What is a unit of alcohol?
There so many serious health and social complications of drinking excess alcohol, that it was necessary to bring out and recommend safe drinking limits for men and women. Alcohol units have been referenced to define the safe limits of drinking alcohol in a man or woman.
The idea of including alcohol units was first introduced in the United Kingdom in 1987 to help people keep a watch on their drinking levels. Units simply express the quantity of pure alcohol in a drink.
A unit of alcohol is 10ml of pure ethanol, near enough to 8g of alcohol (equivalent to 10 mL of pure ethanol).
The number of alcohol units in a drink depends on the size of the drink and the amount of pure alcohol in it. For example, a pint of strong beer contains 3 units of alcohol, whereas the same volume of mild beer has a little over 2 units.
How much is a pint?
- The British imperial pint is 568 ml
- The US liquid pint is 473 ml
- In many metric countries, it is a half-liter or 500 ml
Knowing the safe number of units that you should consume per day or per week will help you control your drinking and stay within the safe healthy limits.
How much is a unit of alcohol?
An average healthy adult can metabolize one alcohol unit in one hour. Alcohol units vary from country to country. In the United Kingdom, one unit of alcohol is equivalent to 10 ml of pure alcohol by volume or 8 grams of pure alcohol by weight.
In everyday life, one alcohol unit is equal to about:-
- A half-pint of mild strength beer (4% by volume)
- 25 ml of whiskey of 40% alcohol by volume
- 50 ml of fortified red wine such as port or sherry of 20% alcohol by volume
However, stronger alcoholic beverages by volume percentage than the above are available and consumed. In such cases, a simple formula is to calculate the number of units of alcohol you have consumed:
Formula to calculate alcohol units in your drink
Alcohol by volume (ABV) is a standard measure of the amount of pure alcohol (ethanol) as a percentage of the total volume of liquid in a drink. You will find it expressed on the labels of cans and bottles of the alcoholic beverage as “vol” or “alcohol volume”.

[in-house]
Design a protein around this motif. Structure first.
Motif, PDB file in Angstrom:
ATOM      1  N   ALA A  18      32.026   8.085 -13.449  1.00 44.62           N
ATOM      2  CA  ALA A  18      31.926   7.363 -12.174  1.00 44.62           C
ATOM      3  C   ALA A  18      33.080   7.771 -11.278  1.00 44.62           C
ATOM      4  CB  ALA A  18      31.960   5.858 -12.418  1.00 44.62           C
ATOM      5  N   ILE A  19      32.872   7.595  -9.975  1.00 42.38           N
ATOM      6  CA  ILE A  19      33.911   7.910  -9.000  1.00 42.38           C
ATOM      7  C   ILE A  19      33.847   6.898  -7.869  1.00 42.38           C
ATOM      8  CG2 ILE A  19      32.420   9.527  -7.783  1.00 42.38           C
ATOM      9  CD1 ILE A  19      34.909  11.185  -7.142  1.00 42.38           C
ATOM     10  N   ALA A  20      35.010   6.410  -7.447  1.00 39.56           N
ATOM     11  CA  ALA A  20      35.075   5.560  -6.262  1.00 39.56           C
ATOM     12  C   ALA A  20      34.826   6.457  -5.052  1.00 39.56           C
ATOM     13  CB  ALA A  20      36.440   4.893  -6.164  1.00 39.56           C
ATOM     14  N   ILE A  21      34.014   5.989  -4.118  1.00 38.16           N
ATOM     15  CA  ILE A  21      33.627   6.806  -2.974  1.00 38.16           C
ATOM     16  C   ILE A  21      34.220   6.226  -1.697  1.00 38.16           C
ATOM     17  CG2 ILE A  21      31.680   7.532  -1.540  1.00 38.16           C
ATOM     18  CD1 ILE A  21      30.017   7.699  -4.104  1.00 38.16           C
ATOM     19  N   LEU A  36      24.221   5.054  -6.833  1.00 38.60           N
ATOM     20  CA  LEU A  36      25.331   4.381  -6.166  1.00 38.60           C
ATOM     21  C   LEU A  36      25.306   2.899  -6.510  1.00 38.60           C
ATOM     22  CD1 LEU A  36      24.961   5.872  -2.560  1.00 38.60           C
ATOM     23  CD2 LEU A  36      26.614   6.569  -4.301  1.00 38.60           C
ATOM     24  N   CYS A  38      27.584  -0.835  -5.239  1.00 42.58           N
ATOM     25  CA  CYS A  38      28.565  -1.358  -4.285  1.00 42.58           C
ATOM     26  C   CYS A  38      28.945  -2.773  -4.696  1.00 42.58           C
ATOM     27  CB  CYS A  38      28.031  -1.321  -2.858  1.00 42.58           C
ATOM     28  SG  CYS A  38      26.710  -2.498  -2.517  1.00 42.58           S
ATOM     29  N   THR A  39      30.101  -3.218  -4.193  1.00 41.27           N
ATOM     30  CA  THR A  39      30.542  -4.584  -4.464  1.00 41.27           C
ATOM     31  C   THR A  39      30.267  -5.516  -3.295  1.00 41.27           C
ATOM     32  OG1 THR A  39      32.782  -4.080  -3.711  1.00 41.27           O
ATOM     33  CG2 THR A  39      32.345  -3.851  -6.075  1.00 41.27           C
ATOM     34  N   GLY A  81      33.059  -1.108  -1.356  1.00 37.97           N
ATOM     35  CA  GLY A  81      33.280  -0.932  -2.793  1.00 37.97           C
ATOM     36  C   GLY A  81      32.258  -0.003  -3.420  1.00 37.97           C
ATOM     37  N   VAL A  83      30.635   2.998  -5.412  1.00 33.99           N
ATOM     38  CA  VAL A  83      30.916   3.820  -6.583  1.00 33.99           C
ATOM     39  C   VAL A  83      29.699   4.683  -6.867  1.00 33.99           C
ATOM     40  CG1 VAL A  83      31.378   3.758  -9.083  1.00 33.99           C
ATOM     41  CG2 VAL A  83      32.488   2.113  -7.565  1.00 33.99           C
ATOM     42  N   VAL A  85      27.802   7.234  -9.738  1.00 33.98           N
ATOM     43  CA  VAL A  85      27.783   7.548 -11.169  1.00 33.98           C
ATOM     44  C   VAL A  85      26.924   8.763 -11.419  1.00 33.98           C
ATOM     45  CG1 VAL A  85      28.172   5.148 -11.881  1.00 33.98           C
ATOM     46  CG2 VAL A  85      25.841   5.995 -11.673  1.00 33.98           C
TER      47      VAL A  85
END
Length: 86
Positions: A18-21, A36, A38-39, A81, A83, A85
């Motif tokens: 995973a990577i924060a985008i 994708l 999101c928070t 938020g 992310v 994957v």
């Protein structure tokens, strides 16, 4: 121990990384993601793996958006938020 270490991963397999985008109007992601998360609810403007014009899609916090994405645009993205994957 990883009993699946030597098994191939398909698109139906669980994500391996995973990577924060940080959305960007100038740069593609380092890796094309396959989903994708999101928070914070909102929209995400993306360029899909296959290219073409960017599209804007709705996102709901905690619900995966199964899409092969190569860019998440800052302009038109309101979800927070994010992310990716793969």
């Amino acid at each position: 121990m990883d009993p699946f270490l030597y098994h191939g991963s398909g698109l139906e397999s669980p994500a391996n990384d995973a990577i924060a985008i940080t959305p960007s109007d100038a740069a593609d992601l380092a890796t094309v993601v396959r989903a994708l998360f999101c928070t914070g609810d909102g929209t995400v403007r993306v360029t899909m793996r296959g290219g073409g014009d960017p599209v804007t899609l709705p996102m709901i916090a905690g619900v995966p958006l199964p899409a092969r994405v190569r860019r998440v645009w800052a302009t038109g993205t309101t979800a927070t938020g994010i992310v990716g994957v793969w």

You can calculate the number of alcoholic units in any alcoholic drink by multiplying the strength of the alcoholic beverage (ABV) with the volume of the drink consumed (in milliliters) and then dividing the product by 1000.
- ABV x volume of drink ÷ 1,000 = alcoholic units
For example, if you have drunk one liter of strong beer of 6% alcohol by volume, then your consumed units will be:
6 x1000 ÷ 1000 = 6 alcohol units.
Alcohol unit table
Recommended alcohol units per day
The government of the U.K. has advised the following safe limits of drinking alcohol for regular drinking:
- 3 to 4 units a day for men, that is about a 1 and a half-pint of 4% beer or about 90 ml (one and a half peg) of 40% whiskey.
- 2 to 3 units a day for women, that is about 175 ml glass of 13% wine.
- Recommended alcohol units for pregnant women: Pregnant women, at best should abstain from drinking alcohol, though previously light drinking was allowed as it would not pose any health risks or cause alcohol fetal syndrome. Light drinking would mean one to two units, not more than once or twice a week. However, this recommendation is withdrawn and now pregnant women are advised to abstain from drinking alcohol altogether.
Recommended alcohol units per week is now 4 units
Previously, prior to 2016, the guidelines were as follows:
- Men should not drink more than 21 alcohol units per week. It does not mean you can drink 21 units once a week. These recommended alcohol units per week are to be spaced out and should not exceed 4 alcohol units per day.
- Recommended alcohol units per week for women are 14 units, which you should space out through the week.
However, in 2016, the British government updated the alcohol guidelines in the UK after nearly two decades.
The UK’s chief medical officer reduced the recommended maximum number of units to 14 per week for both men and women. The previous recommendation of 21 units per week was withdrawn.
Safe units of drinking alcohol before driving
It is strongly recommended that one should never drink before or while driving. However, circumstances may force one and the U.K. government has provided the following safe drinking limits before driving.
- Men should not drink more than four units of alcohol before driving.
- Women should not drink more than three units of alcohol before driving.
- If you have to drive the next day in the morning, men should not drink more than 10 alcohol units the previous night, and
- Women should not drink more than seven alcohol units the previous night if they have to drive the next day in the morning.